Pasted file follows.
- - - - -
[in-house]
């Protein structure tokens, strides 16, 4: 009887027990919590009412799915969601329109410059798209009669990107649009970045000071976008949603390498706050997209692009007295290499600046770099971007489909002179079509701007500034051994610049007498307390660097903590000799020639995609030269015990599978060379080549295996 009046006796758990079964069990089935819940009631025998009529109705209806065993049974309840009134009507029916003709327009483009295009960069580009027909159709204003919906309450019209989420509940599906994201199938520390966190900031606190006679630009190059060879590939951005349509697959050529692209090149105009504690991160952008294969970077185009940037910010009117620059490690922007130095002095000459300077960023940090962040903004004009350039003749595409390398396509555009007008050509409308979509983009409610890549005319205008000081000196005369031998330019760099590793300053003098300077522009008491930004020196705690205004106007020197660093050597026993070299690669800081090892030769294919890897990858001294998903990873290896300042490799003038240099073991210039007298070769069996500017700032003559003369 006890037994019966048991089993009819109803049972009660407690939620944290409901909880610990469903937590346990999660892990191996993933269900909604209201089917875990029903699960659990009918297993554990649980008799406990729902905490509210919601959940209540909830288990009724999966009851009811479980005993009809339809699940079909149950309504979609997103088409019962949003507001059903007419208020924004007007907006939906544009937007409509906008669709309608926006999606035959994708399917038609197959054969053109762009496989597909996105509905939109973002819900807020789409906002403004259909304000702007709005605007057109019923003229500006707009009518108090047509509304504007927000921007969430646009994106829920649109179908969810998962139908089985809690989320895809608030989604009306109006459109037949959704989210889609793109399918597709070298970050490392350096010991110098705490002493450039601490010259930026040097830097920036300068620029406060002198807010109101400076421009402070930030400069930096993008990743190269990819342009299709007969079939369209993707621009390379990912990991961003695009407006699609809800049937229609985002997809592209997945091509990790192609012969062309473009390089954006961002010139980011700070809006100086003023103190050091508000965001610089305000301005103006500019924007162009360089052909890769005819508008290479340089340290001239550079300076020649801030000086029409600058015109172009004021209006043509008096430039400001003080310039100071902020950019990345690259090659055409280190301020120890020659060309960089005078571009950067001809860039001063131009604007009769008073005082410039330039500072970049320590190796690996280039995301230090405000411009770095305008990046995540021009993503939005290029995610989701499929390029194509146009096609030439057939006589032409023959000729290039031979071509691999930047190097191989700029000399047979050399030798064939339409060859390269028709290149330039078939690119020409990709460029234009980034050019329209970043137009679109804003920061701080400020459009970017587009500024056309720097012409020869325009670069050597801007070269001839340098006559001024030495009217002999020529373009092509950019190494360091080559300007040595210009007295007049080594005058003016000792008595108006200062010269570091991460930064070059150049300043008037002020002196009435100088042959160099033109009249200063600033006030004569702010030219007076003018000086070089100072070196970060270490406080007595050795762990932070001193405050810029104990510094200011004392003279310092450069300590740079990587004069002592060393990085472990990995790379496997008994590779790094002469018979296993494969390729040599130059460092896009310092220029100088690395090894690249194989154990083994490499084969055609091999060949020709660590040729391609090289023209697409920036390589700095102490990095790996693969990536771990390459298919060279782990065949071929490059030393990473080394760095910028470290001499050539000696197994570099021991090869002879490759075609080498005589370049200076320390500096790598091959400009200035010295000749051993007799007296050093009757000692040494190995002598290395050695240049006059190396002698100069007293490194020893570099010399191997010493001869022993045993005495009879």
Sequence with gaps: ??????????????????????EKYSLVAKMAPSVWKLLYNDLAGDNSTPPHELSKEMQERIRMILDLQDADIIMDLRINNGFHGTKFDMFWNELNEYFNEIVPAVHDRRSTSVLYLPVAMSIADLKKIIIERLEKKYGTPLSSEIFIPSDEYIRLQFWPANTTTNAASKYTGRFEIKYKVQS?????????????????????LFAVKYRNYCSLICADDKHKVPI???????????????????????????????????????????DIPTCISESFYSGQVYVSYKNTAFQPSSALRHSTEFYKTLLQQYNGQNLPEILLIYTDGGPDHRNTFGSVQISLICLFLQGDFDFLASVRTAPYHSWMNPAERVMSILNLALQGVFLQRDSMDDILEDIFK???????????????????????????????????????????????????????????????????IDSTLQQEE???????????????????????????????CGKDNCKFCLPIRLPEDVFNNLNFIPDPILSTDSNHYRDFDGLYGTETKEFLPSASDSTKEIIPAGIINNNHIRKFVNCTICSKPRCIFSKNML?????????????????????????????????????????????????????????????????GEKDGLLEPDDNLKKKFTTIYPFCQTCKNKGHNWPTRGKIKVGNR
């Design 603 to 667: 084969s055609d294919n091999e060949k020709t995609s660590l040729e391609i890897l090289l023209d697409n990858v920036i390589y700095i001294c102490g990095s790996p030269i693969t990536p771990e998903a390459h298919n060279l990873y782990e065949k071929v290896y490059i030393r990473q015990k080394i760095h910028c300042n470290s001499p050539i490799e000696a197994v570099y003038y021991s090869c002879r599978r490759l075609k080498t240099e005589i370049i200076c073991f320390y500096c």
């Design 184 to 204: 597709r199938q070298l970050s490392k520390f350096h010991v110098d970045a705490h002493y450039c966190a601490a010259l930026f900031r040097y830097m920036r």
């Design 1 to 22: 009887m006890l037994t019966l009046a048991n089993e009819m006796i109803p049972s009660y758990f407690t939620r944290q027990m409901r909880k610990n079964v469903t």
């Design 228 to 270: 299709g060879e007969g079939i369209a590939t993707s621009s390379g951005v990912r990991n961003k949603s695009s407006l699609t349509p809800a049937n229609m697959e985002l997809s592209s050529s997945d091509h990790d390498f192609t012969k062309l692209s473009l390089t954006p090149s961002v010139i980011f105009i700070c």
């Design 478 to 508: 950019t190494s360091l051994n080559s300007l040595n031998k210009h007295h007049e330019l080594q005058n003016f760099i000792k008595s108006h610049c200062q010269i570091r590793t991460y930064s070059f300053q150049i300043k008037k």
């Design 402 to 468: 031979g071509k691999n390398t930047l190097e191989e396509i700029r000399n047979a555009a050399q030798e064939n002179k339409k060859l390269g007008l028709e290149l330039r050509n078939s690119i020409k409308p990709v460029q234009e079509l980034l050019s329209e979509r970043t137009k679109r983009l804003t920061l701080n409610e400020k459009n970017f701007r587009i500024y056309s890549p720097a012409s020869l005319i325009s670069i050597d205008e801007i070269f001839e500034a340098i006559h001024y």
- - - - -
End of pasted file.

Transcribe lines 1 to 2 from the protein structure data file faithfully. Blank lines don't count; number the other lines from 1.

[in-house]
């Protein structure tokens, strides 16, 4: 009887027990919590009412799915969601329109410059798209009669990107649009970045000071976008949603390498706050997209692009007295290499600046770099971007489909002179079509701007500034051994610049007498307390660097903590000799020639995609030269015990599978060379080549295996 009046006796758990079964069990089935819940009631025998009529109705209806065993049974309840009134009507029916003709327009483009295009960069580009027909159709204003919906309450019209989420509940599906994201199938520390966190900031606190006679630009190059060879590939951005349509697959050529692209090149105009504690991160952008294969970077185009940037910010009117620059490690922007130095002095000459300077960023940090962040903004004009350039003749595409390398396509555009007008050509409308979509983009409610890549005319205008000081000196005369031998330019760099590793300053003098300077522009008491930004020196705690205004106007020197660093050597026993070299690669800081090892030769294919890897990858001294998903990873290896300042490799003038240099073991210039007298070769069996500017700032003559003369 006890037994019966048991089993009819109803049972009660407690939620944290409901909880610990469903937590346990999660892990191996993933269900909604209201089917875990029903699960659990009918297993554990649980008799406990729902905490509210919601959940209540909830288990009724999966009851009811479980005993009809339809699940079909149950309504979609997103088409019962949003507001059903007419208020924004007007907006939906544009937007409509906008669709309608926006999606035959994708399917038609197959054969053109762009496989597909996105509905939109973002819900807020789409906002403004259909304000702007709005605007057109019923003229500006707009009518108090047509509304504007927000921007969430646009994106829920649109179908969810998962139908089985809690989320895809608030989604009306109006459109037949959704989210889609793109399918597709070298970050490392350096010991110098705490002493450039601490010259930026040097830097920036300068620029406060002198807010109101400076421009402070930030400069930096993008990743190269990819342009299709007969079939369209993707621009390379990912990991961003695009407006699609809800049937229609985002997809592209997945091509990790192609012969062309473009390089954006961002010139980011700070809006100086003023103190050091508000965001610089305000301005103006500019924007162009360089052909890769005819508008290479340089340290001239550079300076020649801030000086029409600058015109172009004021209006043509008096430039400001003080310039100071902020950019990345690259090659055409280190301020120890020659060309960089005078571009950067001809860039001063131009604007009769008073005082410039330039500072970049320590190796690996280039995301230090405000411009770095305008990046995540021009993503939005290029995610989701499929390029194509146009096609030439057939006589032409023959000729290039031979071509691999930047190097191989700029000399047979050399030798064939339409060859390269028709290149330039078939690119020409990709460029234009980034050019329209970043137009679109804003920061701080400020459009970017587009500024056309720097012409020869325009670069050597801007070269001839340098006559001024030495009217002999020529373009092509950019190494360091080559300007040595210009007295007049080594005058003016000792008595108006200062010269570091991460930064070059150049300043008037002020002196009435100088042959160099033109009249200063600033006030004569702010030219007076003018000086070089100072070196970060270490406080007595050795762990932070001193405050810029104990510094200011004392003279310092450069300590740079990587004069002592060393990085472990990995790379496997008994590779790094002469018979296993494969390729040599130059460092896009310092220029100088690395090894690249194989154990083994490499084969055609091999060949020709660590040729391609090289023209697409920036390589700095102490990095790996693969990536771990390459298919060279782990065949071929490059030393990473080394760095910028470290001499050539000696197994570099021991090869002879490759075609080498005589370049200076320390500096790598091959400009200035010295000749051993007799007296050093009757000692040494190995002598290395050695240049006059190396002698100069007293490194020893570099010399191997010493001869022993045993005495009879």